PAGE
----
Second Mexican Empire
Most French Mexicans descend from immigrants and soldiers that settled in Mexico during the Second Mexican Empire, headed by Maximilian I of Mexico and masterminded by Emperor Napoleon III of France in the 1860s to create a Latin empire in the New World (indeed responsible for coining the term or Amérique latine, or 'Latin America'). Emperor Maximilian's consort, Carlota of Mexico, a Belgian princess, was a granddaughter of Louis-Philippe of France.
The largest wave of immigration from France to Mexico came from the city of Barcelonnette, in Alpes-de-Haute-Provence. Between 1850 and 1950, 5,000 to 6,000 inhabitants of the Ubaye Valley immigrated to Mexico. Many established textile businesses between Mexico and France. While 90% stayed in Mexico, some returned to Barcelonette, and from 1880 to 1930, built grand mansions called Maisons Mexicaines and left a mark upon the city. Today, there are 60,000 descendants of the "Barcelonnettes".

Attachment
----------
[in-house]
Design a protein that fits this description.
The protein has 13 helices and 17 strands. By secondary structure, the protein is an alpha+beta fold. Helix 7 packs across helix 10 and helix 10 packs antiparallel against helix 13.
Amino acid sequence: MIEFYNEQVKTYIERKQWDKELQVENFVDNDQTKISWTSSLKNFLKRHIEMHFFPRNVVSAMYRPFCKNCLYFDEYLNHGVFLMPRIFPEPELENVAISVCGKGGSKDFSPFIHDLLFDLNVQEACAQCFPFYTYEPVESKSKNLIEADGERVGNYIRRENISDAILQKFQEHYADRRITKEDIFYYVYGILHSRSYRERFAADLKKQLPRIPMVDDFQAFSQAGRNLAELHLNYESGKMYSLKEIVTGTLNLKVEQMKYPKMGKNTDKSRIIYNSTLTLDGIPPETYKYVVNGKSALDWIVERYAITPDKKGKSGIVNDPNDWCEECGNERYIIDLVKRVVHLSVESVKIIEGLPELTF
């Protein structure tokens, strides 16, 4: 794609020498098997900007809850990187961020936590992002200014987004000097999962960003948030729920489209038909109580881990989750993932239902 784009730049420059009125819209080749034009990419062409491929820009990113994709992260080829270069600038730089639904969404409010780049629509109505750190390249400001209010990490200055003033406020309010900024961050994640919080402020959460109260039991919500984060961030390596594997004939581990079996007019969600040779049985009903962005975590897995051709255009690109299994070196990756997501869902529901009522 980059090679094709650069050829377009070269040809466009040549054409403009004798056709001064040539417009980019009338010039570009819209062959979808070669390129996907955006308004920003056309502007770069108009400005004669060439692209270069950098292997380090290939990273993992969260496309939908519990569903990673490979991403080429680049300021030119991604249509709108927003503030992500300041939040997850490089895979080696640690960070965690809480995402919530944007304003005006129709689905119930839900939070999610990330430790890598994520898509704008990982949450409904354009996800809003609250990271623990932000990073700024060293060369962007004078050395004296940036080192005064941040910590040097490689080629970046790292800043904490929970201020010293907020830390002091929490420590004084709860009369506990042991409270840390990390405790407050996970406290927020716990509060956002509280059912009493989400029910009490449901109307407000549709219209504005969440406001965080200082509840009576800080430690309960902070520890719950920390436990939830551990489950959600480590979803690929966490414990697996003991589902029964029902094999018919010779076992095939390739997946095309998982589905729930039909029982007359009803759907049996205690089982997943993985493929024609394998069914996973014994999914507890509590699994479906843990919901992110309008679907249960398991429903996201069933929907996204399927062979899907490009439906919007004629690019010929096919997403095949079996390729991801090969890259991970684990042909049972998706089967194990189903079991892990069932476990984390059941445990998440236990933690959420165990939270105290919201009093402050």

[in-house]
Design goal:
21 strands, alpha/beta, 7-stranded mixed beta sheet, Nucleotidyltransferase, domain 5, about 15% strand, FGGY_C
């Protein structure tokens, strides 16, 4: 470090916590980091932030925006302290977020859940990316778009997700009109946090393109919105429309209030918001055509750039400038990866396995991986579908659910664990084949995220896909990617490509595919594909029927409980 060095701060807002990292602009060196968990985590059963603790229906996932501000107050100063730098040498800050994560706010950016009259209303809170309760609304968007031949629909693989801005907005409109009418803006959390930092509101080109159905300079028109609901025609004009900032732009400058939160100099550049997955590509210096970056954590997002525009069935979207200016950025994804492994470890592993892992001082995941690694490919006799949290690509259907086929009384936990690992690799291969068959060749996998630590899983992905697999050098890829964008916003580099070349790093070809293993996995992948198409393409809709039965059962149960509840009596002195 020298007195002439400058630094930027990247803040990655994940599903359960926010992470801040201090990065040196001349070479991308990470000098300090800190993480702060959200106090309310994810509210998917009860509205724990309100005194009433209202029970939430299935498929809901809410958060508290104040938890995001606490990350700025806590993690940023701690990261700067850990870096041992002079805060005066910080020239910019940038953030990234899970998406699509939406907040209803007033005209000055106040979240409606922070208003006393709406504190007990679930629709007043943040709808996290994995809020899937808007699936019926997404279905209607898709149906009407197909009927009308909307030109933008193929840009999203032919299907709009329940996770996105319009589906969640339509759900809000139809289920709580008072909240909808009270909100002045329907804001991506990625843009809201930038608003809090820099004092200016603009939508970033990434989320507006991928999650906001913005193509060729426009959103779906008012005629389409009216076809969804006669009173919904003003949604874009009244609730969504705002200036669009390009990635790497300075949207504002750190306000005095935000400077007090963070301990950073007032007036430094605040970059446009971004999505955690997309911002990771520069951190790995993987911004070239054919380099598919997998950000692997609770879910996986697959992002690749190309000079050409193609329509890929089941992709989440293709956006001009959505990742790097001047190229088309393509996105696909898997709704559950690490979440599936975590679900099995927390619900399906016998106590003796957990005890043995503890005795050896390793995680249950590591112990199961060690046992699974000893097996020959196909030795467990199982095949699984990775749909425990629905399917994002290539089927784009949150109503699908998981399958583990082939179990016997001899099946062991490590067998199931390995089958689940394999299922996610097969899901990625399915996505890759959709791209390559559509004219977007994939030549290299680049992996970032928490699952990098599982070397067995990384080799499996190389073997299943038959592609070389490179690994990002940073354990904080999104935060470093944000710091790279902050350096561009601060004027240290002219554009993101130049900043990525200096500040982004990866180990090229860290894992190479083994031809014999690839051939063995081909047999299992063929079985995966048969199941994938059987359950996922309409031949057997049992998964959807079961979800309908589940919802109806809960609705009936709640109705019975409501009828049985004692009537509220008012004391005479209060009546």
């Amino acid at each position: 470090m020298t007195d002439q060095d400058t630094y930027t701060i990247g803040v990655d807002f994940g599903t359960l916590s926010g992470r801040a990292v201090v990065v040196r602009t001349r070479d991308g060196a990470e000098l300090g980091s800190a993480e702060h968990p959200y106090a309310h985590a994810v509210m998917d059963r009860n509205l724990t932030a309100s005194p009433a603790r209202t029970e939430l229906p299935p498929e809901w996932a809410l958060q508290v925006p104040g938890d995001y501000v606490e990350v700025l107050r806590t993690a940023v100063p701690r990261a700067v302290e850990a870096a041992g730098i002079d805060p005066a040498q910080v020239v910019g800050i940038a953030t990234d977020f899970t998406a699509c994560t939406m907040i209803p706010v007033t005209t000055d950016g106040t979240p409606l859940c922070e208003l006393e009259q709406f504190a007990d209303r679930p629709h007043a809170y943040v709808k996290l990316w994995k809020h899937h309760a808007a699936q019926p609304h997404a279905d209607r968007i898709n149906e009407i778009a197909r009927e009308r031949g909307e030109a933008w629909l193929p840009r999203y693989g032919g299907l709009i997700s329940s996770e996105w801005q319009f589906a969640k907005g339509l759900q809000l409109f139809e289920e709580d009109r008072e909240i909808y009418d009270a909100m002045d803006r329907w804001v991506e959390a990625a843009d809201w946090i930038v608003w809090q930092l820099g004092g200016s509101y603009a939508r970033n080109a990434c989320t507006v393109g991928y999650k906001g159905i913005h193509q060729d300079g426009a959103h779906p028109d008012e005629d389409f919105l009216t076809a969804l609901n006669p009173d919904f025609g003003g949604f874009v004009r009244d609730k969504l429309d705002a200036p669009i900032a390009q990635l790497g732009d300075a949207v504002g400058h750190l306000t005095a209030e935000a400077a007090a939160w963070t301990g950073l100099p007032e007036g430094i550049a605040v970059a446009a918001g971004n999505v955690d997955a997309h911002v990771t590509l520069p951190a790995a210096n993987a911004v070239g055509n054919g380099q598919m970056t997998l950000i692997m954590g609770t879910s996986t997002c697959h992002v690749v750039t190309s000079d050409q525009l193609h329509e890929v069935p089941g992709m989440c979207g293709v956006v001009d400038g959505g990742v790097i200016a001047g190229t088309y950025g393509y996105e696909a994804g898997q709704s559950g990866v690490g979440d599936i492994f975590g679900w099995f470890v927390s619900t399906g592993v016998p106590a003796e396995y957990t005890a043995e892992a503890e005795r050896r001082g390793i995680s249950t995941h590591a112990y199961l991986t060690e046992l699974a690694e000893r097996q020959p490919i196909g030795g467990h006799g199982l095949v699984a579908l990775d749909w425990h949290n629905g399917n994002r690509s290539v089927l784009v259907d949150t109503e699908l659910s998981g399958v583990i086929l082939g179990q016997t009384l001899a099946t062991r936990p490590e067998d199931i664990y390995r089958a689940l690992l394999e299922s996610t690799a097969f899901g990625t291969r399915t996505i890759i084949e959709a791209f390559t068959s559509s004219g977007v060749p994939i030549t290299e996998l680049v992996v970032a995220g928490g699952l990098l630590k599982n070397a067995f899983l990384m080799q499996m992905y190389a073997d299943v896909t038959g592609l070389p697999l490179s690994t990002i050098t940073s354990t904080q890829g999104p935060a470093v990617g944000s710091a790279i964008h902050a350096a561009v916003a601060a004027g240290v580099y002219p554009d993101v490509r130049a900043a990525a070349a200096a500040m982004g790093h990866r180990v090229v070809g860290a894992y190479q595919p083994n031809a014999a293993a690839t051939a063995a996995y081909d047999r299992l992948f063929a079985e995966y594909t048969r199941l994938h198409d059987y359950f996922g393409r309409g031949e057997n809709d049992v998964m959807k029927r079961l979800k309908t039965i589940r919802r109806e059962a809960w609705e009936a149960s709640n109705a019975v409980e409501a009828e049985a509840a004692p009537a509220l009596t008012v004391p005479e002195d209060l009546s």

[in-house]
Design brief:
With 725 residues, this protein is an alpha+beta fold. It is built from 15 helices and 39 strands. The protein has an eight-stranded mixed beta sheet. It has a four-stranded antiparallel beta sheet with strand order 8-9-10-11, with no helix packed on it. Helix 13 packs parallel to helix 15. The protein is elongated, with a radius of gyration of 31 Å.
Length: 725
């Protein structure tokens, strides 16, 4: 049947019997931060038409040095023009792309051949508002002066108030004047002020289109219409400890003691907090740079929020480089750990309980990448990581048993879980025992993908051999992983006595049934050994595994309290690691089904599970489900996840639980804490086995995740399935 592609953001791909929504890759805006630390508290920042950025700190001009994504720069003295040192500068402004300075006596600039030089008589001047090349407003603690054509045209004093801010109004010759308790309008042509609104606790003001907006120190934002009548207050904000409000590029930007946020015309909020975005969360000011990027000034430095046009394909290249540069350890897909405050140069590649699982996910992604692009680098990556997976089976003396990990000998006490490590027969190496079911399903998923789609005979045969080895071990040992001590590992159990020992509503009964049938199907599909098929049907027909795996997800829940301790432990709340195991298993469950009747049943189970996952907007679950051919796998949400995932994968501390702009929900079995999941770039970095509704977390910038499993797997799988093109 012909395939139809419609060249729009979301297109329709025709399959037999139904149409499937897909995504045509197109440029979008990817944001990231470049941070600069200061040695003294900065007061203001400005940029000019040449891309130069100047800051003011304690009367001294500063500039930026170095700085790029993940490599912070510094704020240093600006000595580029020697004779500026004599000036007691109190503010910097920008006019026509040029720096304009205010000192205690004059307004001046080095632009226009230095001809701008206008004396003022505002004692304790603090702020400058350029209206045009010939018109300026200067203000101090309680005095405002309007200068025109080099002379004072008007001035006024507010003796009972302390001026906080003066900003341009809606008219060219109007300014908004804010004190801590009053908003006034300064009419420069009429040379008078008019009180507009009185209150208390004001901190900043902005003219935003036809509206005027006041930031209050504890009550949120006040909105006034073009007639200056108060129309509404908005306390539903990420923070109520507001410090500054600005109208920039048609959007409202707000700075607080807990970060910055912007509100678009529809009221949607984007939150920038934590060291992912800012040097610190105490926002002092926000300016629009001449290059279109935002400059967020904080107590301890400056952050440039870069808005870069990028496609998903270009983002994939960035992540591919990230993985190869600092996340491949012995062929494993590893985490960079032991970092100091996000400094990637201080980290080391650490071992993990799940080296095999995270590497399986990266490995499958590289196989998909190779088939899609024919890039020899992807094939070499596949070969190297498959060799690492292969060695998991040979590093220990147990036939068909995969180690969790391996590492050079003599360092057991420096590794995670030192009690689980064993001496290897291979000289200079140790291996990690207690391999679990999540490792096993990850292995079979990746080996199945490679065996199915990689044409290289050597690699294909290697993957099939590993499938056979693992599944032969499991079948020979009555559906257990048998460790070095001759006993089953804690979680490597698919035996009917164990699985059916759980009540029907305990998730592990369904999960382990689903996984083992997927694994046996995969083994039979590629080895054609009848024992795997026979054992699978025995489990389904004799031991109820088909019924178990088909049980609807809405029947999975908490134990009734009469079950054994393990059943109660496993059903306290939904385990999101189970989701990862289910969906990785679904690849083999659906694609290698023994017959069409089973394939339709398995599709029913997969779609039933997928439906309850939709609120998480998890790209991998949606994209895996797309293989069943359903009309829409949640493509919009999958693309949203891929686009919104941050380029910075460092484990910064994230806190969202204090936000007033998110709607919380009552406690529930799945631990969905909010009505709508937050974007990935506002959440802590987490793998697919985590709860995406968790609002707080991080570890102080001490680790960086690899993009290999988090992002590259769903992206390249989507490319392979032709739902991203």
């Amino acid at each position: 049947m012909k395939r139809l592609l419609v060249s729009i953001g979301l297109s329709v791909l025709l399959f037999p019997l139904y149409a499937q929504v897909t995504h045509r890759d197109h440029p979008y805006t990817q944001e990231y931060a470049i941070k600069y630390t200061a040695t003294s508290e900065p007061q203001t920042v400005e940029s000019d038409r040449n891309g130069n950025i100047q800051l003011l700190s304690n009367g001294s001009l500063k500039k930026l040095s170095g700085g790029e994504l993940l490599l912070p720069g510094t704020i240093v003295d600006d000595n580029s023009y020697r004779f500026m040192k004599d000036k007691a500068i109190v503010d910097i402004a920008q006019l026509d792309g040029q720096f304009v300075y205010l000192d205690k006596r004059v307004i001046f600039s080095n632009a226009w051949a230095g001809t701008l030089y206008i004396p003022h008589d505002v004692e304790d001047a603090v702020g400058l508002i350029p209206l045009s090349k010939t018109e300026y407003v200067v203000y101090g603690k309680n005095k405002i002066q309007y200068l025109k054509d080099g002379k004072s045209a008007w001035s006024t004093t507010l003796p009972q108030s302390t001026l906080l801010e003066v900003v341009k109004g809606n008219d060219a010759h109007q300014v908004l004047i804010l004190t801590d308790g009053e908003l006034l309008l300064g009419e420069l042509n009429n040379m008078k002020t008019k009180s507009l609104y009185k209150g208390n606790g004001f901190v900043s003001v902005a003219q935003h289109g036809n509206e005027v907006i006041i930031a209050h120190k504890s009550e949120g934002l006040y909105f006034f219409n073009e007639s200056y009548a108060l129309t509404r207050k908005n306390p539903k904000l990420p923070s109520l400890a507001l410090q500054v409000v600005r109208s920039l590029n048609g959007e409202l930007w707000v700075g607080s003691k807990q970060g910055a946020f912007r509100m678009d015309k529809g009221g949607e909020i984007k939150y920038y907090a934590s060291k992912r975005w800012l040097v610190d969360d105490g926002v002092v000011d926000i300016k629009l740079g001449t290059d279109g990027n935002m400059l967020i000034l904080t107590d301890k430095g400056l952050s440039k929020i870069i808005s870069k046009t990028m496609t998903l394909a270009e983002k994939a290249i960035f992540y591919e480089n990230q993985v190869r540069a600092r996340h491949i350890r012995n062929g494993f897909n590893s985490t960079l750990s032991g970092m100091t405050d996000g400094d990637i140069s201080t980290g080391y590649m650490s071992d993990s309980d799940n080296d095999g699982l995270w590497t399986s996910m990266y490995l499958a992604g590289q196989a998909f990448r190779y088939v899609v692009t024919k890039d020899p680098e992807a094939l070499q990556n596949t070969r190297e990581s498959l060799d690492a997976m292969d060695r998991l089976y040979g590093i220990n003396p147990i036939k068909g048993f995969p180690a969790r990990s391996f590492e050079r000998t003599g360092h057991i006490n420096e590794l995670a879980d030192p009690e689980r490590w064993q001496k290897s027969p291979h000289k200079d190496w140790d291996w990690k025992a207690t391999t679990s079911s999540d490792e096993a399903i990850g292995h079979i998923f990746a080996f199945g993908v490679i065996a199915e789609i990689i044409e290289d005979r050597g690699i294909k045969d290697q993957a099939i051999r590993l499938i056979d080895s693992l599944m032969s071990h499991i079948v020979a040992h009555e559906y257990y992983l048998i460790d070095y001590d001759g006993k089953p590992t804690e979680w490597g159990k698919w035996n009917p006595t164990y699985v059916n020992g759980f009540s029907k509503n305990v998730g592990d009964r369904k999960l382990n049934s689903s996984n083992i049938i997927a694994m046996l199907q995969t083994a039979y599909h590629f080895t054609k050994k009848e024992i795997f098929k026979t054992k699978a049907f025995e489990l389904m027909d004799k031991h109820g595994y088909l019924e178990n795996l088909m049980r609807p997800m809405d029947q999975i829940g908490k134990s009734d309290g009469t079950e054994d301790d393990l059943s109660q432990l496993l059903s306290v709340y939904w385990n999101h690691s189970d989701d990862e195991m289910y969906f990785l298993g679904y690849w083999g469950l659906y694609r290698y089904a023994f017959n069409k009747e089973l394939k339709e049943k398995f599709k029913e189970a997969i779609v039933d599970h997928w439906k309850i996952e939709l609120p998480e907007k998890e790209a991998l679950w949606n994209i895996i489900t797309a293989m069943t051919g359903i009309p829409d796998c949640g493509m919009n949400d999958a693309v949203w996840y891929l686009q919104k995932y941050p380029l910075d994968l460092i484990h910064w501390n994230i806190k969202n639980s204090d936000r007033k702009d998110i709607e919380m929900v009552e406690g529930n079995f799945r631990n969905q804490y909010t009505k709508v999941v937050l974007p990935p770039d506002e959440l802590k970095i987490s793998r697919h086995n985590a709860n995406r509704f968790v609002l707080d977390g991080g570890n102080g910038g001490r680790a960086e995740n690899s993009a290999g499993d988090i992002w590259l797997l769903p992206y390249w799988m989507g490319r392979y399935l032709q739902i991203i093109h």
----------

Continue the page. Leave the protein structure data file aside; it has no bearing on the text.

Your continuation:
French settlement in Veracruz
In 1833, 98 persons coming from Haute-Saône, Haute-Marne, Côte-d'Or and Yonne settled in a colony called Jicaltepec, in the state of Veracruz. In 1874, the community resettled on the other bank of the river, in San Rafael. From 1880 to 1900 the population of the colony grew from 800 to 1,000 inhabitants. There are now around 10,000 French Mexicans in the state of Veracruz.
Involvement in World War II
|This article needs additional citations for verification. (July 2010)|
Jean René Champion, a Mexican of French ancestry, was the first Free French Forces (Forces Françaises Libres) officer to enter Paris on the day when the city was liberated from the Nazis on August 26, 1944.
French contributions to Mexican society
The French introduced cultural traits adopted by the Mexican culture and may have helped coin the term “Mariachi”, though it is not certain. The word “Mariachi” may have originated during French Napoleonic rule in the 1860s since French settler families used the music during weddings(marriage). Clark attributes this to "phonetic coincidence" (Clark, 1996). An important culinary contribution was the bolillo, which is now widely used for the torta.